Breedlove was special because she never complained. Instead, she looked around and saw an issue that she could solve. Through markets, she learned to compete by offering a product that met the demands of people in her community. As she grew as a businesswoman, she also gave back, teaching others that hard work and dedication pay off in the end.

Sarah Breedlove Walker may have not always seen her own story as an example of how markets help empower the individual. But this generation of young women could learn a great deal from her. Not just because of her defiance in the face of difficulties, but also because of her vision. Instead of simply demanding attention to her cause, Breedlove made her mark in the world by helping others (while helping herself).

As the F. A. Hayek character says in The Fight of the Century: “Give us a chance so we can discover/The most valuable ways to serve one another.”

A Libertarian’s New Year’s Resolutions

in Communicating Liberty, Liberator Online, Uncategorized by Advocates HQ Comments are off

(From the Libertarian’s New Year’s Resolutions section in Volume 19, No. 27 of the Liberator Online. Subscribe here!)

Editor’s Note: Several years ago, Harry Browne — 1996 and 2000 Libertarian Party presidential candidate, world-renowned libertarian speaker and writer, and very good friend of the Advocates — made his New Year’s resolutions.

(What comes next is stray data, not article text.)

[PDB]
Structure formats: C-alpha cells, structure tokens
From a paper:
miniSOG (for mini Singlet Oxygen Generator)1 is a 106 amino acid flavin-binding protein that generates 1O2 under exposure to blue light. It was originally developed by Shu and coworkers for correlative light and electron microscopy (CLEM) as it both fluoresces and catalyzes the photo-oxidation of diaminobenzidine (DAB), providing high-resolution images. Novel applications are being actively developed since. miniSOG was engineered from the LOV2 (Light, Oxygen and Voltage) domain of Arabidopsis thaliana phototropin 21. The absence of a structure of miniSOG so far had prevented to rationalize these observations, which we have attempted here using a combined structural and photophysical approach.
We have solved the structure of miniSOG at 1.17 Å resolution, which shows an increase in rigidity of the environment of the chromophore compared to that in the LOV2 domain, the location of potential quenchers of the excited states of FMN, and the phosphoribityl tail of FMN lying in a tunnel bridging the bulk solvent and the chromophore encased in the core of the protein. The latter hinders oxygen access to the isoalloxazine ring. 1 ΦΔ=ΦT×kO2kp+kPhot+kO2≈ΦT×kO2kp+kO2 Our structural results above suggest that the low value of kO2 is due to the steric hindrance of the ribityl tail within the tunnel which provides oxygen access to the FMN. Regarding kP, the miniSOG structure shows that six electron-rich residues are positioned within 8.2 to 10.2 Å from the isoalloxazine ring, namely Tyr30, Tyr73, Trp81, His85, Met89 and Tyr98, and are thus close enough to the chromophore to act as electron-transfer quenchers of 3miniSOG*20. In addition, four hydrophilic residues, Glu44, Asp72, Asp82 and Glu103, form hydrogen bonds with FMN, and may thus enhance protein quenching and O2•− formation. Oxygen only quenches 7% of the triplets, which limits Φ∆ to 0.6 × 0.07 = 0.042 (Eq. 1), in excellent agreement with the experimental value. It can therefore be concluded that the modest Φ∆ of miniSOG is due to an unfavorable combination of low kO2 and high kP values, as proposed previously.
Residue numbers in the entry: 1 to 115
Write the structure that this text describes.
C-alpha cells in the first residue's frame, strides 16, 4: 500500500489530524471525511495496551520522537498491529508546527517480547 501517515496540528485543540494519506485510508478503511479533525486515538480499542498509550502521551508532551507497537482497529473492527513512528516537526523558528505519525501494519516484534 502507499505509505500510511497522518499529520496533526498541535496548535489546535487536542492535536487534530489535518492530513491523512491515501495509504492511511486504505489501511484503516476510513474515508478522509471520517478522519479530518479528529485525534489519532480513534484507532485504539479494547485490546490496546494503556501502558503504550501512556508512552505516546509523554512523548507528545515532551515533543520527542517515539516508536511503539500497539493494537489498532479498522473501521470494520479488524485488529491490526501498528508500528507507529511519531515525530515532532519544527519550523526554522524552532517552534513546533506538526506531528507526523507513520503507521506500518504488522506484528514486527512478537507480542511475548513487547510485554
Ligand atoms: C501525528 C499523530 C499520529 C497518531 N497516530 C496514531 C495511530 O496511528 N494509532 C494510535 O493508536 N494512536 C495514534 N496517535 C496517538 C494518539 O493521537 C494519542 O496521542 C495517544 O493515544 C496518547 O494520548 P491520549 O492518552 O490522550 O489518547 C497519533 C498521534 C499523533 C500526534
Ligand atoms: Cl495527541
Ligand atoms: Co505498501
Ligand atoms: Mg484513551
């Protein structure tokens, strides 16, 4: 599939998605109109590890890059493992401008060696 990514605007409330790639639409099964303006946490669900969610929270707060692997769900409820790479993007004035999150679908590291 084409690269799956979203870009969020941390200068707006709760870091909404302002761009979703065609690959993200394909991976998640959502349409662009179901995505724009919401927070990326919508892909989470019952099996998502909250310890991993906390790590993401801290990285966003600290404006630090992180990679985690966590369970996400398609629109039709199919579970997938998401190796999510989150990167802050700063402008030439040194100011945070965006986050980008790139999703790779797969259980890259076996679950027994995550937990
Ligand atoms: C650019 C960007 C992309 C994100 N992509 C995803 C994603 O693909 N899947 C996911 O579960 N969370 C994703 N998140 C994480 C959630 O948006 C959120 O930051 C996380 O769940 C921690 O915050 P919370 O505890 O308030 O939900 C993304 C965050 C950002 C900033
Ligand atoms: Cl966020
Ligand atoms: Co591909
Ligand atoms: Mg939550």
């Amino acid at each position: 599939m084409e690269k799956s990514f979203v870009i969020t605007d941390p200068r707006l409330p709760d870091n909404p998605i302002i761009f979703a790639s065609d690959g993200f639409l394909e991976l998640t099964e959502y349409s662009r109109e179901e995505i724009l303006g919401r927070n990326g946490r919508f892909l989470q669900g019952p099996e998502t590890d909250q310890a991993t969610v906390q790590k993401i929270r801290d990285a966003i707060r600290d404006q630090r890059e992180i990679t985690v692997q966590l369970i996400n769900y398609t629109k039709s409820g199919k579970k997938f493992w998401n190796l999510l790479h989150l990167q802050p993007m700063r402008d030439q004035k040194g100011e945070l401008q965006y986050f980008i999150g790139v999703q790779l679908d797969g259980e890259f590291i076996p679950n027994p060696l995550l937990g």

Harry BrowneThe result was a compact how-to of effective libertarian communication, by one of history’s most persuasive advocates of the ideas of liberty.

We are delighted to share this inspiring and uplifting classic with you. Consider adding them to your own resolutions this year — and share them with other libertarians.

***

  1. I resolve to sell liberty by appealing to the self-interest of each prospect, rather than preaching to people and expecting them to suddenly adopt my ideas of right and wrong.
  2. I resolve to keep from being drawn into arguments or debates. My purpose is to inspire people to want liberty — not to prove that they’re wrong.
  3. I resolve to listen when people tell me of their wants and needs, so I can help them see how a free society will satisfy those needs.
  4. I resolve to identify myself, when appropriate, with the social goals someone may seek — a cleaner environment, more help for the poor, a less divisive society — and try to show him that those goals can never be achieved by government, but will be well served in a free society.
  5. I resolve to be compassionate and respectful of the beliefs and needs that lead people to seek government help. I don’t have to approve of their subsidies or policies — but if I don’t acknowledge their needs, I have no hope of helping them find a better way to solve their problems. 
  6. No matter what the issue, I resolve to keep returning to the central point: how much better off the individual will be in a free society.
  7. I resolve to acknowledge my good fortune in having been born an American. Any plan for improvement must begin with a recognition of the good things we have. To speak only of America’s defects will make me a tiresome crank.
  8. I resolve to focus on the ways America could be so much better with a very small government — not to dwell on all the wrongs that exist today.